Collectors: Hanbury, (Rev.) Barnard (1793–1833) Waddington, (Rev.) George (1793–1869)

Clergymen Hanbury and Waddington were both Fellows of Trinity College, Cambridge, who accompanied the army of Muhammad Ali in its conquest of the Sudan in 1820. This was just after Napoleon's expedition through the Nile, during which time he ordered a team of scientists and architects to record all the ancient monuments and natural features of the country. Stimulated by this work many Europeans travelled to Egypt in search of ancient wonders. This included both Hanbury and Waddington who visited Egypt and Nubia together in 1821 and brought back the coffin set of Nespawashefyt (E.1.1822) which was the first Egyptian object to come into the possession of the University.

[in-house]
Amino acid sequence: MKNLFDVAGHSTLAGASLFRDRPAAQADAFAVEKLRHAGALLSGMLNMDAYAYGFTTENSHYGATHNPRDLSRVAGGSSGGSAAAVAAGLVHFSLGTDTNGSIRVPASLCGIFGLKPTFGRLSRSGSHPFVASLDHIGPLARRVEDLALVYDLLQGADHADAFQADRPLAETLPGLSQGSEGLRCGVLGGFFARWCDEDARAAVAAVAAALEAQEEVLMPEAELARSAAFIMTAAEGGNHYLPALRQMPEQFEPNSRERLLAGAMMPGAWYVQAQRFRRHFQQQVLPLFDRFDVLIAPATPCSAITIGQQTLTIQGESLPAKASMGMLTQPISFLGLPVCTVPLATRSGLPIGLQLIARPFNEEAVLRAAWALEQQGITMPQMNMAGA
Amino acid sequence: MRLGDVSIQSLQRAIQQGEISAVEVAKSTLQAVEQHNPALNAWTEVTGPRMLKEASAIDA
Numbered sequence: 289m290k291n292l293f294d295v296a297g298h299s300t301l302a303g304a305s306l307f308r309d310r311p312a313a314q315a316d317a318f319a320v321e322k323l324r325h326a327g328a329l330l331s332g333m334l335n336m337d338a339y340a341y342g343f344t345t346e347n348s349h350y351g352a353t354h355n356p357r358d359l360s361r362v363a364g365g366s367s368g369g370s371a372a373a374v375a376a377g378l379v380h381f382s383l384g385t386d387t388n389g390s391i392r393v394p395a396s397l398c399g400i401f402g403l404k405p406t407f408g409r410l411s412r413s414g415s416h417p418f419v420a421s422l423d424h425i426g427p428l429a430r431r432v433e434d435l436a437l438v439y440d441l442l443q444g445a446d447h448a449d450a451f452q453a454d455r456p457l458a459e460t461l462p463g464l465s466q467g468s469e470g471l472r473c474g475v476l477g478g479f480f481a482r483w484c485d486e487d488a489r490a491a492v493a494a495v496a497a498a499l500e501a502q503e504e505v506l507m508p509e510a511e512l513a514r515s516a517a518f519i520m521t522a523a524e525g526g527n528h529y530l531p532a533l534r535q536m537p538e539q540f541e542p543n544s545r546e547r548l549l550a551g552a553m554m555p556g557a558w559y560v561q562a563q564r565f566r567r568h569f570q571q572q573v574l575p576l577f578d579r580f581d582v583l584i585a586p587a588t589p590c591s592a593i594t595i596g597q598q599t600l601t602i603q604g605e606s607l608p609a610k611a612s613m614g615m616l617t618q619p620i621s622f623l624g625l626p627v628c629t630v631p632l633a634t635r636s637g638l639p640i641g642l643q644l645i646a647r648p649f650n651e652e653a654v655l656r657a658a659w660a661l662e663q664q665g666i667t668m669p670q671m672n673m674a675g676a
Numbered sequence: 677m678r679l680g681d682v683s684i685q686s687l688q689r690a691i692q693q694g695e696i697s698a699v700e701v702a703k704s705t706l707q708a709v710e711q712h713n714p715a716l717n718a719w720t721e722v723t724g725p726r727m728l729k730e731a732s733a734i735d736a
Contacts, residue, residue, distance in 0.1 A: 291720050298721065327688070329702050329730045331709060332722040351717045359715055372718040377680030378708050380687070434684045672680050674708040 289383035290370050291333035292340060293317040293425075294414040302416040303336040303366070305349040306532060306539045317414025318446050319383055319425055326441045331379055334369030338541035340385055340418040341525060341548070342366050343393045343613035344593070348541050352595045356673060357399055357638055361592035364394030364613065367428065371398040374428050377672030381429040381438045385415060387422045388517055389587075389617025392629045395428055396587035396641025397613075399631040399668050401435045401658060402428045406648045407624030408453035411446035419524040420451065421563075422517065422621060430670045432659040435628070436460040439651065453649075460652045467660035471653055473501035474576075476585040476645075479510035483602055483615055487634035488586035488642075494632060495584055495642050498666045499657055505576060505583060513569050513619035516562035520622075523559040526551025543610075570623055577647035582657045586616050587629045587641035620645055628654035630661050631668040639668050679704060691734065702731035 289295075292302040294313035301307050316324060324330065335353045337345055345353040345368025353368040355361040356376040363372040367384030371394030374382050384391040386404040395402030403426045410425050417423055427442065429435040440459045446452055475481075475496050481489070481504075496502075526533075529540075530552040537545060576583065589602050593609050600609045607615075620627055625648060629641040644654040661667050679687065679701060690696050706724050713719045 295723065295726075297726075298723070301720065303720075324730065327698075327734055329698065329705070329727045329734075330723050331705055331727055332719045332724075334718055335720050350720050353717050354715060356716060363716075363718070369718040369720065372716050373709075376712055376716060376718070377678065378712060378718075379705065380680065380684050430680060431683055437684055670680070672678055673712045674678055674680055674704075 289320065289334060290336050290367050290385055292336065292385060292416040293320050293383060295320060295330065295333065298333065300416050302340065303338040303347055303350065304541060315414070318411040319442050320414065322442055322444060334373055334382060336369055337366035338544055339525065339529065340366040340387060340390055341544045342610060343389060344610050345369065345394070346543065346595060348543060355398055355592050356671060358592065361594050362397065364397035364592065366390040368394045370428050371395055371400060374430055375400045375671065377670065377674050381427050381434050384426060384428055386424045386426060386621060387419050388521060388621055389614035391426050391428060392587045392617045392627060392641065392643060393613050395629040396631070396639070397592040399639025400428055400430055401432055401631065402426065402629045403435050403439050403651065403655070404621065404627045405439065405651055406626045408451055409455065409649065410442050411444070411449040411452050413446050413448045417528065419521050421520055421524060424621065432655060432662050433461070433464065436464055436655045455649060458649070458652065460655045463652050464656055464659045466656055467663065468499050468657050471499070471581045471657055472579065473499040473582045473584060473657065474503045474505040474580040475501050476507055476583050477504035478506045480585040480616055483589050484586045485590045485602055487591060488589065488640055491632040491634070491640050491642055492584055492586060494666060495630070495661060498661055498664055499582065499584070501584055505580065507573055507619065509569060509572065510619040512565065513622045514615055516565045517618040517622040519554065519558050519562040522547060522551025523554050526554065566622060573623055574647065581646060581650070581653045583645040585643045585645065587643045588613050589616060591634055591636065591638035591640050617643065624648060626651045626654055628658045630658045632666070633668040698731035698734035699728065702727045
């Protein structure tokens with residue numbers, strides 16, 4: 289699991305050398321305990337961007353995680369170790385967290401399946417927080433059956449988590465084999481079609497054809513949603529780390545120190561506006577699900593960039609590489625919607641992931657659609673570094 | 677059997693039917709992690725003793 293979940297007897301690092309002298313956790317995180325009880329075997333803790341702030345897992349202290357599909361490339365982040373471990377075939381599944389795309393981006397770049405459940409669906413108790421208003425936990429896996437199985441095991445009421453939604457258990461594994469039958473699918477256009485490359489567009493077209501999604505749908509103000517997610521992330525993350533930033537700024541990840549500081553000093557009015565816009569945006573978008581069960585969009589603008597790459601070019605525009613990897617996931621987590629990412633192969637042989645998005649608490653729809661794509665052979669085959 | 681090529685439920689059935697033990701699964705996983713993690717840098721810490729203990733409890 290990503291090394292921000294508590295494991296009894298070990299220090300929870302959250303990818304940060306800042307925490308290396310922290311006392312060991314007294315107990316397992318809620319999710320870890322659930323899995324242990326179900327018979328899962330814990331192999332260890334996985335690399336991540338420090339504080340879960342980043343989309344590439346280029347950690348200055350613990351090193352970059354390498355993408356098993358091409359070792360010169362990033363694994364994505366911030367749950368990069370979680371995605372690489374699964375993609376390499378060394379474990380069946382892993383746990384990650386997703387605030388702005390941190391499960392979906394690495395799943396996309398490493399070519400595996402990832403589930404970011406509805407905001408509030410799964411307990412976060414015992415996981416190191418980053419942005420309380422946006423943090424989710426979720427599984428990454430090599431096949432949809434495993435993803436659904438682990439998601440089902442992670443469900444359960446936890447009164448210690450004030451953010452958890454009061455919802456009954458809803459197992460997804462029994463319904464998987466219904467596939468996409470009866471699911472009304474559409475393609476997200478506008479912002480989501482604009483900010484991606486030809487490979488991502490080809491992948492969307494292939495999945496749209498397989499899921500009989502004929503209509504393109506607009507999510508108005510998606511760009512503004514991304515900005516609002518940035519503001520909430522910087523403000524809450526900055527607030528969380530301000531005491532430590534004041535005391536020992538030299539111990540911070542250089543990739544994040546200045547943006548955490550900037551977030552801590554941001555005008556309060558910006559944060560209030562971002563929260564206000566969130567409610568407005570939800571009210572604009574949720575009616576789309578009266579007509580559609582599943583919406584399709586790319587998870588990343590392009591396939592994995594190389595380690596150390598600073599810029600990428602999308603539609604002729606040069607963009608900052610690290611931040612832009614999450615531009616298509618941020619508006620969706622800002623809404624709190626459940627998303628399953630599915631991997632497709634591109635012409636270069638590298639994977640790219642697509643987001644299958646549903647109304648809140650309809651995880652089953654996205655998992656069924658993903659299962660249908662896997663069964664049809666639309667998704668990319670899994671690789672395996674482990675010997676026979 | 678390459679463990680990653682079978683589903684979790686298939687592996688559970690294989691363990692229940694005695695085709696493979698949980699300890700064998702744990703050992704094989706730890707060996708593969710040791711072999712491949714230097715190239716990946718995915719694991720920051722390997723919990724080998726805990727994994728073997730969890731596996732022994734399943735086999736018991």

In 1822 Waddington published an account of their their travels up the Nile in Journal of a visit to some parts of Ethiopia, including accounts of visiting the temples at Abu Simbel and Soleb, and the sites of Napata and Meroe.

Further Reading

Dawson, W. and Uphill, E. (1995) Who Was Who in Egyptology. Third Edition, revised by Bierbrier, M.L., Egyptian Exploration Society, London, pp.189 & 429


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